One thing I’ve learned about having kids is that it forces you to look at your own short comings, what important lessons you’ve learned in life that you want to share with your children and hope that they can learn from them too.
One of my biggest short comings are my financial habits.
“What is important is seldom urgent and what is urgent is seldom important”
Former President Dwight Eisenhower
I’m a spender and saving has always been a struggle for me. Since hitting 30 and realizing I had no major savings or any plans for retirement, one of my biggest goals for 2017 was to get my finances in order and begin to save for things like vacations and retirements. After realizing what a mess my finances actually were and the work it was going to take to get them back in order, I realized that this was something I never wanted my kids to go through. I wanted to instill in them good financial habits; like the importance of saving and compound interest as well as how to spend their money wisely.
In order to clean up finances I’ve been reading a lot of financial books. Recently I read Pocket Your Dollars: 5 Attitude Changes That Will Help You Pay Down Debt, Avoid Financial Stress, & Keep More of What You Make by Carrie Rocha and it was one of those books that I just couldn’t put down (that’s saying a lot for me because financial books can be quite dry).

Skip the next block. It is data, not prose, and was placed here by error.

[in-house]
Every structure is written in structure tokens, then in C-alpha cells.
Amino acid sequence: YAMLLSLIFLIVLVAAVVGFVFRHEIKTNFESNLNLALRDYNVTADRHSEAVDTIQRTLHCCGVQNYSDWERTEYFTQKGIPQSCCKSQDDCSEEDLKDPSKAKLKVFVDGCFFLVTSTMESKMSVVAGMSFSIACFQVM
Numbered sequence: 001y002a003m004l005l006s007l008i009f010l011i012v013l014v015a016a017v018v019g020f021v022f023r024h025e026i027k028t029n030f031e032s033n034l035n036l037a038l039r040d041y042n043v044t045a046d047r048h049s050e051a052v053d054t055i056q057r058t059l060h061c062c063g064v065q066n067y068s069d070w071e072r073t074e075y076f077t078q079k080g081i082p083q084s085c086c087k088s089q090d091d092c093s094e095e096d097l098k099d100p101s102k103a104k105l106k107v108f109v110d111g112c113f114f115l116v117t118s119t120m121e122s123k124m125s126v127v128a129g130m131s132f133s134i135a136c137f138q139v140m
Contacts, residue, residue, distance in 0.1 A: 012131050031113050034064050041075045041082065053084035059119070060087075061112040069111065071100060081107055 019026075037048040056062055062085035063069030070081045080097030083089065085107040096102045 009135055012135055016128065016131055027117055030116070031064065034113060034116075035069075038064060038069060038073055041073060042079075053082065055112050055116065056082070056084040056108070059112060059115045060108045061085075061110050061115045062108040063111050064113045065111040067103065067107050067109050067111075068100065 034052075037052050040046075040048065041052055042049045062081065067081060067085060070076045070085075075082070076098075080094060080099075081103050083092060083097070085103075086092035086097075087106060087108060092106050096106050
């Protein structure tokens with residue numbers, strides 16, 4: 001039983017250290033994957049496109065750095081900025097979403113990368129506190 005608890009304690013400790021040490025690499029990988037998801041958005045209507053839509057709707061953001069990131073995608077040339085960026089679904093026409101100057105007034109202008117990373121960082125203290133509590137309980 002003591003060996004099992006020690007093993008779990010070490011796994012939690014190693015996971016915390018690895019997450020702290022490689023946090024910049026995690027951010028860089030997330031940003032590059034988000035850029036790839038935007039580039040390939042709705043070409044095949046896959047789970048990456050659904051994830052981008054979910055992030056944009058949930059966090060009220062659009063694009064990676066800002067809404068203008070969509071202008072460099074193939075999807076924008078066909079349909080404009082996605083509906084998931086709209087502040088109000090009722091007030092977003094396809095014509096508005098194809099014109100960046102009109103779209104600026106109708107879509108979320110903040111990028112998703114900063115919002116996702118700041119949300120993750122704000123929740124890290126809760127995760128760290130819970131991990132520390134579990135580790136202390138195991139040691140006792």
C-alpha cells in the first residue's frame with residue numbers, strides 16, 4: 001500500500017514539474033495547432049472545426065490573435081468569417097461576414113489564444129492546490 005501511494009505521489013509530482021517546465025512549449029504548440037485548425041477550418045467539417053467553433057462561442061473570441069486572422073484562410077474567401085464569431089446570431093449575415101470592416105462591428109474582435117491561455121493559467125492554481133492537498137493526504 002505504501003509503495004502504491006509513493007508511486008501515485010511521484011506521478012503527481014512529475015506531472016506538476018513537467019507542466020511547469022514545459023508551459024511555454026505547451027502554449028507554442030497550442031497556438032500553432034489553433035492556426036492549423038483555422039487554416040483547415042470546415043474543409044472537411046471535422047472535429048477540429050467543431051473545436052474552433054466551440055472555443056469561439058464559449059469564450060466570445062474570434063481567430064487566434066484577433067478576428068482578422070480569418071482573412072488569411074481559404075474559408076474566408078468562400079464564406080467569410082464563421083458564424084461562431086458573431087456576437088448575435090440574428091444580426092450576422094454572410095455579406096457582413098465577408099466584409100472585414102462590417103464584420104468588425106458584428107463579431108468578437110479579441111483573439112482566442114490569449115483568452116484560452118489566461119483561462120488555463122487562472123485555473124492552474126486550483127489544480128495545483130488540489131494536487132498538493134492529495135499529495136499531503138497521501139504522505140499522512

“Victorious living does not mean freedom from temptation”
E. Stanley Jones
The biggest focus of this book is all about your attitude towards money and finances and how to change these attitudes from negative and self-sabotaging to positive and self-serving. It was as if this book was written specifically for me. The two biggest attitude changes for me came with these two phrases that I say to myself constantly: “I can’t afford it” and “I deserve a treat”.
Rocha gives excellent advice on changing these attitudes and shaping new ones. With your biggest tool being your own willpower and how to exercise it.
I’ve begun to pass on what I’m learning about making wise financial decisions and saving onto my kids. E is too young to understand but J is a great age to start earning an allowance and understanding the basics of saving vs. spending. He gets an allowance every two weeks and half is put into his savings and half is put into his wallet for him to spend on whatever he would like… within reason. Its also a good lesson for him to start to comprehend how far his dollar can go and what tasks he has to do in order to earn his money.
I have a long way to go with my own finances but I hope I can impart some of the lessons I’ve learned from my mistakes onto my children. By far the biggest financial lesson I’ve learned is that its not how much money you earn its what you do with it.